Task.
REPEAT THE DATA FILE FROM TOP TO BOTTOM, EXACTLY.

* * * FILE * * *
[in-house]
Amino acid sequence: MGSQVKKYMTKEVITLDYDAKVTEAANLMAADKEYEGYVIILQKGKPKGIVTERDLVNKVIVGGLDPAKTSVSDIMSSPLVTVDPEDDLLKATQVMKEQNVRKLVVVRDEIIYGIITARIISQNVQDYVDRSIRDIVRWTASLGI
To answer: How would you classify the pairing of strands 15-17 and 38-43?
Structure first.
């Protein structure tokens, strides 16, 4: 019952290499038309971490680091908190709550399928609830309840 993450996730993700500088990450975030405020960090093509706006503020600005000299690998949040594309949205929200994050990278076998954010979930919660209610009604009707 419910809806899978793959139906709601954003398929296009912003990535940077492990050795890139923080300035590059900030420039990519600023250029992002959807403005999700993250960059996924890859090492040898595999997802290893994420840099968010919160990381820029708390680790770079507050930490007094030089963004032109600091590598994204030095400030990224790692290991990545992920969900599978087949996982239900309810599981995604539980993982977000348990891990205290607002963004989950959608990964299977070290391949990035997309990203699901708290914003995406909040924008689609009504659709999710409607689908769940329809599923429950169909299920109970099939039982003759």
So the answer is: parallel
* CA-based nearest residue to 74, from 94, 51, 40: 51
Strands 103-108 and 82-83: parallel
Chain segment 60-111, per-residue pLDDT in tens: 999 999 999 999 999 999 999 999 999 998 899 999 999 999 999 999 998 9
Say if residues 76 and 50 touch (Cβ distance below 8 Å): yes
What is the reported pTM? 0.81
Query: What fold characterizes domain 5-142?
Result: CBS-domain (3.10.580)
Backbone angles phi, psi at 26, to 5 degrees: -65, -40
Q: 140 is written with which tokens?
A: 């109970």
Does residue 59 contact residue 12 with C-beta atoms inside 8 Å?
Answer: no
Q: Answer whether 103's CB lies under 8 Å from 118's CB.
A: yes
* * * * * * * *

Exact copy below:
[in-house]
Amino acid sequence: MGSQVKKYMTKEVITLDYDAKVTEAANLMAADKEYEGYVIILQKGKPKGIVTERDLVNKVIVGGLDPAKTSVSDIMSSPLVTVDPEDDLLKATQVMKEQNVRKLVVVRDEIIYGIITARIISQNVQDYVDRSIRDIVRWTASLGI
To answer: How would you classify the pairing of strands 15-17 and 38-43?
Structure first.
């Protein structure tokens, strides 16, 4: 019952290499038309971490680091908190709550399928609830309840 993450996730993700500088990450975030405020960090093509706006503020600005000299690998949040594309949205929200994050990278076998954010979930919660209610009604009707 419910809806899978793959139906709601954003398929296009912003990535940077492990050795890139923080300035590059900030420039990519600023250029992002959807403005999700993250960059996924890859090492040898595999997802290893994420840099968010919160990381820029708390680790770079507050930490007094030089963004032109600091590598994204030095400030990224790692290991990545992920969900599978087949996982239900309810599981995604539980993982977000348990891990205290607002963004989950959608990964299977070290391949990035997309990203699901708290914003995406909040924008689609009504659709999710409607689908769940329809599923429950169909299920109970099939039982003759």
So the answer is: parallel
* CA-based nearest residue to 74, from 94, 51, 40: 51
Strands 103-108 and 82-83: parallel
Chain segment 60-111, per-residue pLDDT in tens: 999 999 999 999 999 999 999 999 999 998 899 999 999 999 999 999 998 9
Say if residues 76 and 50 touch (Cβ distance below 8 Å): yes
What is the reported pTM? 0.81
Query: What fold characterizes domain 5-142?
Result: CBS-domain (3.10.580)
Backbone angles phi, psi at 26, to 5 degrees: -65, -40
Q: 140 is written with which tokens?
A: 């109970």
Does residue 59 contact residue 12 with C-beta atoms inside 8 Å?
Answer: no
Q: Answer whether 103's CB lies under 8 Å from 118's CB.
A: yes